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  1. #1
    Join Date
    Feb 2013
    Location
    Yuba City, Ca
    Posts
    128

    Default A quick V. Mite pic

    I was checking this girl out under a scope. I thought I'd share.

    Top.


    Bottom.
    Zone 9b. Second year newb.

  2. #2
    Join Date
    Apr 2012
    Location
    Gainesboro, Tennessee, USA.
    Posts
    398

    Default Re: A quick V. Mite pic

    Wow nice photos! Those buggers have changed a lot in beekeeping that's for sure.

  3. #3
    Join Date
    Aug 2005
    Location
    Central San Joaquin Valley, California
    Posts
    490

    Default Re: A quick V. Mite pic

    I don't normally call any wild thing "Ugly", but this critter along with wax worms and hive beetles all qualify.
    Nice pictures. Thanks.
    His Hive Honey Farm - Do all for His glory!

  4. #4
    Join Date
    Feb 2012
    Location
    oakdale conn. usa
    Posts
    19

    Default Re: A quick V. Mite pic

    You figure out how to take a realy nice pitcher ;;;;;;;now figure out how to get rid of those ugly mites;;;;;;;;

  5. #5
    Join Date
    Feb 2013
    Location
    Yuba City, Ca
    Posts
    128

    Default Re: A quick V. Mite pic

    Quote Originally Posted by sinkerone View Post
    You figure out how to take a realy nice pitcher ;;;;;;;now figure out how to get rid of those ugly mites;;;;;;;;
    Hey thanks! The pic was taken through a field scope with a 5x eye and 10x lens. Camera was a iPhone. Lol

    It took 48 hours for that one mite to drop onto a sticky board in this particular hive (natural drop, no treatment). I'll keep monitoring mite levels, but I may not even get the opportunity to treat the hive this mite came from.
    Zone 9b. Second year newb.

  6. #6
    Join Date
    Nov 2009
    Location
    Manning, SC
    Posts
    2,270

    Default Re: A quick V. Mite pic

    Great pic..........thanks for posting.......
    http://OxaVap.com Your source for the Varrox OA Vaporizer,
    "One of the highest ranked" by R. Oliver

  7. #7

    Default Re: A quick V. Mite pic

    Varroa destructor from below:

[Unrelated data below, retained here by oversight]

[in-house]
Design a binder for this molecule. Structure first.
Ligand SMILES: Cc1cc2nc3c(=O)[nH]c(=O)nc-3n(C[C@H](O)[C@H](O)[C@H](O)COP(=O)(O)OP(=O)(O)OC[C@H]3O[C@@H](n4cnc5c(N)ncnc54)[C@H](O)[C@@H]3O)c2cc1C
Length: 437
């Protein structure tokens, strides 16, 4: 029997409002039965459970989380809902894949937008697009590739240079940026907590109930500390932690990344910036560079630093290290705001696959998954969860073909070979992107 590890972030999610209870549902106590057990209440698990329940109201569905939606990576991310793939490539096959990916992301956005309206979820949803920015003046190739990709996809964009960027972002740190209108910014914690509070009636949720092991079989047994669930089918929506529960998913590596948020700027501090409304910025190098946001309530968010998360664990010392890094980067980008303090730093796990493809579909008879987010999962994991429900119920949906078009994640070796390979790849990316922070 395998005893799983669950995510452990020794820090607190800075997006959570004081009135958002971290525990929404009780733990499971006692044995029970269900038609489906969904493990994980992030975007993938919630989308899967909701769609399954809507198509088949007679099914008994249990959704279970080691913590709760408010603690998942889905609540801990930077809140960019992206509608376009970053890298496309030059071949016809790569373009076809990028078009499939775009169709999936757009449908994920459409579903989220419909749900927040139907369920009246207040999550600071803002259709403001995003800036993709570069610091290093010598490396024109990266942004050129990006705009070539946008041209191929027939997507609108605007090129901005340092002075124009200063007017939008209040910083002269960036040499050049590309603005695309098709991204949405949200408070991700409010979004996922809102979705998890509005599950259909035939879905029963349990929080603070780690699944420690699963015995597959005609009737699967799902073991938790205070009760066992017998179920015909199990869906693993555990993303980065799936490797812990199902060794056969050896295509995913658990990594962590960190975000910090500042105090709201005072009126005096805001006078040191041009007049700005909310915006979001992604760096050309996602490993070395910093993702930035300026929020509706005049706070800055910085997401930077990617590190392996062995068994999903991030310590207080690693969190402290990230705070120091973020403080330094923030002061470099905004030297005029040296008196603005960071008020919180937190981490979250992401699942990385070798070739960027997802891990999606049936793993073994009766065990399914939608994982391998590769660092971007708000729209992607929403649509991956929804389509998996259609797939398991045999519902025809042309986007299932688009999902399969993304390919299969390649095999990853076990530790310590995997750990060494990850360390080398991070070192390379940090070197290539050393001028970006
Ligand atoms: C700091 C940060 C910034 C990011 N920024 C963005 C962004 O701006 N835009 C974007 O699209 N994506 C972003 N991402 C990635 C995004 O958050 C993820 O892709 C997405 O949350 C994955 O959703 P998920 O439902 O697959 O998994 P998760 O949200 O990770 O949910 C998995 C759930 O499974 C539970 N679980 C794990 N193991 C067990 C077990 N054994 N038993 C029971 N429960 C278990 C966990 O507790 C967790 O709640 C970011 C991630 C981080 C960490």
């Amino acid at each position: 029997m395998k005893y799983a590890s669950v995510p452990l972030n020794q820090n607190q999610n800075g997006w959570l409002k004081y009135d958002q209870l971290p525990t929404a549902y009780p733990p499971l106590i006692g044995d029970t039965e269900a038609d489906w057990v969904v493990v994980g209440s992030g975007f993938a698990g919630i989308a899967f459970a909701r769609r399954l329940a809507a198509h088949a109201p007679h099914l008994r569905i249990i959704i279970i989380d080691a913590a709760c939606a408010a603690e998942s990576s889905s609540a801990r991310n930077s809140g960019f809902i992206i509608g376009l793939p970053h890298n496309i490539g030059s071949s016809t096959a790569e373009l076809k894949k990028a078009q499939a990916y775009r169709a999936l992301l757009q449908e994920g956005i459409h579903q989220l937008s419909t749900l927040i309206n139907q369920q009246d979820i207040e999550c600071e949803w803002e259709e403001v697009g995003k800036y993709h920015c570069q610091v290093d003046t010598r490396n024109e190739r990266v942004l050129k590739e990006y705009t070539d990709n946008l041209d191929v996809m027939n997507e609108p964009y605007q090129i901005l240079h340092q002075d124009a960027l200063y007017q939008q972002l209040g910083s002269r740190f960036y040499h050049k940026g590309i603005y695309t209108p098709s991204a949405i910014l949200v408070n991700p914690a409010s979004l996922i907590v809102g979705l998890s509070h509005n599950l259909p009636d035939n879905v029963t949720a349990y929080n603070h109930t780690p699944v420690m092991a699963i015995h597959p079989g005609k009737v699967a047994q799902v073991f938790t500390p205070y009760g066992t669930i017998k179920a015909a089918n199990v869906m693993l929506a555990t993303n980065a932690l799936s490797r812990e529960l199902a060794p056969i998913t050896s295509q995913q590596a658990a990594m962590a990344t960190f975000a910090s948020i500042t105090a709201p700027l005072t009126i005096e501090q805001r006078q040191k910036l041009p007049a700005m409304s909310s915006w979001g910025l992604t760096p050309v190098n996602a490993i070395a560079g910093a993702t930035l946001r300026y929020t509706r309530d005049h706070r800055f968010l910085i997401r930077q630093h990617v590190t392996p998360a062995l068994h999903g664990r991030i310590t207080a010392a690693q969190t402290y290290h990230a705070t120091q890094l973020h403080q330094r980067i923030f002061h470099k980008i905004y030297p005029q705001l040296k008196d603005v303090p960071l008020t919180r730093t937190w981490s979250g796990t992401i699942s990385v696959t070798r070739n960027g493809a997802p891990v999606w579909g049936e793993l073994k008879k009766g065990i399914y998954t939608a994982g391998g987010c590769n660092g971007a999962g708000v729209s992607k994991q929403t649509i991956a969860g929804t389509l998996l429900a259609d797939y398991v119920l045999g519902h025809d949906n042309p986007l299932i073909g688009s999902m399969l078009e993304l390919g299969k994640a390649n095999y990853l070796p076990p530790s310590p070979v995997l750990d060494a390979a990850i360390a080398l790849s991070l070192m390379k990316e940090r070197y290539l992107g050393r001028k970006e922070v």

This is one of the about hundred species of mites in the hive - don't know yet, what species this one is. Maybe a mite living from wax or pollen debris. Or a predator mite hunting for other mites. The size is like this dot here: "."


    Another very small creature. Looks like a larvae, but it is small as that: "--".


    Another close look at Varroa destructor.


    Pretty difficult to take a picture from this one. The mite runned faster than I could follow with the microscope.





    Bee egg! The queen dropped one onto the floor.

  8. #8

    Default Re: A quick V. Mite pic

    Pollen


    closer...


    closer...


    single pollen grains


    This is one of the mites living in the debris of the bee hive floor.


    Detail of head.


    Detail fingertip.


    That are the two front arms - with crab like tools.


    Now you get scared.


    Another mite I caught - wasn't easy, because they are fast.


    Detail head.


    There is some sort of "blossom" at the tips of the two long forearms.


    And a lot of sensing hairs.


    The two short forearms/antennae, with sensing hairs, too.


    Bernhard

  9. #9
    Join Date
    Mar 2013
    Location
    Taylor County, Georgia, USA
    Posts
    713

    Default Re: A quick V. Mite pic

    These are incredible!
    Try it. What could happen?

  10. #10
    Join Date
    Feb 2012
    Location
    San Mateo, Ca, USA
    Posts
    408

    Default Re: A quick V. Mite pic

    was that a tiny mite on the bee egg?

  11. #11

    Default Re: A quick V. Mite pic

    I think it was a tiny flake of wax/debris.

  12. #12
    Join Date
    Feb 2013
    Location
    Yuba City, Ca
    Posts
    128

    Default Re: A quick V. Mite pic

    After not finding any V. mites in sugar shakes of two my hives, and only one on a sticky board in 48 hours, I decided to get into some capped drone bur comb to try and find a few more. I cut the comb off, and took it inside to pull the comb open and look for mites. I only opened up capped drone cells that were still sealed, undamaged, and not crushed. I had dissected over 40 cells and had found nothing. I was thinking, "Where are these mites everyone talks about?" Opening the caps with a tooth pick, removing the pupa or larva, and inspecting the bee and cell bottom.

    Finally after 50 cells, found this one.



    Then I found these. Total I found 2 adult mites in 71 capped drone brood.







    Zone 9b. Second year newb.

  13. #13
    Join Date
    May 2012
    Location
    DFW area, TX, USA
    Posts
    1,103

    Thumbs Up Re: A quick V. Mite pic

    Those smaller, white mites in the last pics of post #12 are likely male varroa. The female is larger and turns colors when mature.

    Great pictures, interesting too!
    LeeB
    I try to learn from my mistakes, and from yours when you give me a heads up :)

  14. #14
    Join Date
    Feb 2013
    Location
    Yuba City, Ca
    Posts
    128

    Default Re: A quick V. Mite pic

    Yep! I was hoping to find a fully matured adult male. This guy was pretty close.
    Zone 9b. Second year newb.

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